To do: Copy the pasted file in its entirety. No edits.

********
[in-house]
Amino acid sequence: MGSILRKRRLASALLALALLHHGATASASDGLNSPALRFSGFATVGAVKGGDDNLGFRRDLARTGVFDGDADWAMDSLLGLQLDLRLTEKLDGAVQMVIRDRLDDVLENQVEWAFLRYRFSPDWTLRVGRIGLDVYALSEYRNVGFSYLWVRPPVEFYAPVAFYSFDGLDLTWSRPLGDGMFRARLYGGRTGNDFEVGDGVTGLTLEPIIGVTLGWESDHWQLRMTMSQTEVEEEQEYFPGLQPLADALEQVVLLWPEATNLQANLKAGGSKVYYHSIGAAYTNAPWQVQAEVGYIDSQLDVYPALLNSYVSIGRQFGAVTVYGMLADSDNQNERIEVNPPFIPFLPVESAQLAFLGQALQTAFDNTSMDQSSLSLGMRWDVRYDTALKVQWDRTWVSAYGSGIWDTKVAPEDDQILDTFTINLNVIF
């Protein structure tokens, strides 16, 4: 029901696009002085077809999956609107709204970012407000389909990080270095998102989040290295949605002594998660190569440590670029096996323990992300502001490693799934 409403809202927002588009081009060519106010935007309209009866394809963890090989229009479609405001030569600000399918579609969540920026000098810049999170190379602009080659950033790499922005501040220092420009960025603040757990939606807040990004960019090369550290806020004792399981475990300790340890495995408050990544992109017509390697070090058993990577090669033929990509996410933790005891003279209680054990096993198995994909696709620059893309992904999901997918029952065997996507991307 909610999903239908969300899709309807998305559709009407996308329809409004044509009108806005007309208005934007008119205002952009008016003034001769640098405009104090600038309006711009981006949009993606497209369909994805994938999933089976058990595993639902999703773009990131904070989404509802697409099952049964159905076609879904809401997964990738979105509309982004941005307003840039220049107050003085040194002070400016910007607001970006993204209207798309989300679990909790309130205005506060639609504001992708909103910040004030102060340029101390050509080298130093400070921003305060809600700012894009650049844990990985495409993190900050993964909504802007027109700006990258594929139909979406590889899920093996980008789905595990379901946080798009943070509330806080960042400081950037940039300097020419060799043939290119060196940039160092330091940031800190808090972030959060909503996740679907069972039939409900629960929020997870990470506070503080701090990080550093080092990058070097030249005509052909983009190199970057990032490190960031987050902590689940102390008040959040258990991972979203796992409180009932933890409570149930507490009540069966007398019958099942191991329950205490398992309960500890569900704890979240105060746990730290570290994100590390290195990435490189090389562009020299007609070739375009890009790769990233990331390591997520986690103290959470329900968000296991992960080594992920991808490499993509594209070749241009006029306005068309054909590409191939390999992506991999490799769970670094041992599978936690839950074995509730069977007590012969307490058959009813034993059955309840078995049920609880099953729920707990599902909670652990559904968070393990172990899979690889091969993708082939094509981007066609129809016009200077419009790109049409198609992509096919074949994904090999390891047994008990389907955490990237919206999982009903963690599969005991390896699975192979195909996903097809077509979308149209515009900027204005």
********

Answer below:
[in-house]
Amino acid sequence: MGSILRKRRLASALLALALLHHGATASASDGLNSPALRFSGFATVGAVKGGDDNLGFRRDLARTGVFDGDADWAMDSLLGLQLDLRLTEKLDGAVQMVIRDRLDDVLENQVEWAFLRYRFSPDWTLRVGRIGLDVYALSEYRNVGFSYLWVRPPVEFYAPVAFYSFDGLDLTWSRPLGDGMFRARLYGGRTGNDFEVGDGVTGLTLEPIIGVTLGWESDHWQLRMTMSQTEVEEEQEYFPGLQPLADALEQVVLLWPEATNLQANLKAGGSKVYYHSIGAAYTNAPWQVQAEVGYIDSQLDVYPALLNSYVSIGRQFGAVTVYGMLADSDNQNERIEVNPPFIPFLPVESAQLAFLGQALQTAFDNTSMDQSSLSLGMRWDVRYDTALKVQWDRTWVSAYGSGIWDTKVAPEDDQILDTFTINLNVIF
């Protein structure tokens, strides 16, 4: 029901696009002085077809999956609107709204970012407000389909990080270095998102989040290295949605002594998660190569440590670029096996323990992300502001490693799934 409403809202927002588009081009060519106010935007309209009866394809963890090989229009479609405001030569600000399918579609969540920026000098810049999170190379602009080659950033790499922005501040220092420009960025603040757990939606807040990004960019090369550290806020004792399981475990300790340890495995408050990544992109017509390697070090058993990577090669033929990509996410933790005891003279209680054990096993198995994909696709620059893309992904999901997918029952065997996507991307 909610999903239908969300899709309807998305559709009407996308329809409004044509009108806005007309208005934007008119205002952009008016003034001769640098405009104090600038309006711009981006949009993606497209369909994805994938999933089976058990595993639902999703773009990131904070989404509802697409099952049964159905076609879904809401997964990738979105509309982004941005307003840039220049107050003085040194002070400016910007607001970006993204209207798309989300679990909790309130205005506060639609504001992708909103910040004030102060340029101390050509080298130093400070921003305060809600700012894009650049844990990985495409993190900050993964909504802007027109700006990258594929139909979406590889899920093996980008789905595990379901946080798009943070509330806080960042400081950037940039300097020419060799043939290119060196940039160092330091940031800190808090972030959060909503996740679907069972039939409900629960929020997870990470506070503080701090990080550093080092990058070097030249005509052909983009190199970057990032490190960031987050902590689940102390008040959040258990991972979203796992409180009932933890409570149930507490009540069966007398019958099942191991329950205490398992309960500890569900704890979240105060746990730290570290994100590390290195990435490189090389562009020299007609070739375009890009790769990233990331390591997520986690103290959470329900968000296991992960080594992920991808490499993509594209070749241009006029306005068309054909590409191939390999992506991999490799769970670094041992599978936690839950074995509730069977007590012969307490058959009813034993059955309840078995049920609880099953729920707990599902909670652990559904968070393990172990899979690889091969993708082939094509981007066609129809016009200077419009790109049409198609992509096919074949994904090999390891047994008990389907955490990237919206999982009903963690599969005991390896699975192979195909996903097809077509979308149209515009900027204005």